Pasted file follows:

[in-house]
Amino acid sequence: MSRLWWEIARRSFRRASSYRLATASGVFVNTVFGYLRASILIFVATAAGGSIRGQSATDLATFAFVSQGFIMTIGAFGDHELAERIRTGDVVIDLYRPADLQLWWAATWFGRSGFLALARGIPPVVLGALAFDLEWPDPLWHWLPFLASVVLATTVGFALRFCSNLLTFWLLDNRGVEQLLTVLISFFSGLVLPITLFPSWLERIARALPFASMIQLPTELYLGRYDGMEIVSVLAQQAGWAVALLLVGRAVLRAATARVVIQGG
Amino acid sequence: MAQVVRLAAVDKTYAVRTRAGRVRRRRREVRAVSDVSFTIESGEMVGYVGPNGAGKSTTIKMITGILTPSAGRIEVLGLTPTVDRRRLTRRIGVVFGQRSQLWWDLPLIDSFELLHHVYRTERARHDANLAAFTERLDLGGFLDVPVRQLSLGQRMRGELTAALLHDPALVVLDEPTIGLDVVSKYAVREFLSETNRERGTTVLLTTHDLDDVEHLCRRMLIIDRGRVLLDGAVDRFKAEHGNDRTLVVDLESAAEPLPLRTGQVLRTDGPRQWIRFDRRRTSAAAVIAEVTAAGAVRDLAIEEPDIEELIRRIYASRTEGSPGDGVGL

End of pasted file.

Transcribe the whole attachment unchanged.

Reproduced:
[in-house]
Amino acid sequence: MSRLWWEIARRSFRRASSYRLATASGVFVNTVFGYLRASILIFVATAAGGSIRGQSATDLATFAFVSQGFIMTIGAFGDHELAERIRTGDVVIDLYRPADLQLWWAATWFGRSGFLALARGIPPVVLGALAFDLEWPDPLWHWLPFLASVVLATTVGFALRFCSNLLTFWLLDNRGVEQLLTVLISFFSGLVLPITLFPSWLERIARALPFASMIQLPTELYLGRYDGMEIVSVLAQQAGWAVALLLVGRAVLRAATARVVIQGG
Amino acid sequence: MAQVVRLAAVDKTYAVRTRAGRVRRRRREVRAVSDVSFTIESGEMVGYVGPNGAGKSTTIKMITGILTPSAGRIEVLGLTPTVDRRRLTRRIGVVFGQRSQLWWDLPLIDSFELLHHVYRTERARHDANLAAFTERLDLGGFLDVPVRQLSLGQRMRGELTAALLHDPALVVLDEPTIGLDVVSKYAVREFLSETNRERGTTVLLTTHDLDDVEHLCRRMLIIDRGRVLLDGAVDRFKAEHGNDRTLVVDLESAAEPLPLRTGQVLRTDGPRQWIRFDRRRTSAAAVIAEVTAAGAVRDLAIEEPDIEELIRRIYASRTEGSPGDGVGL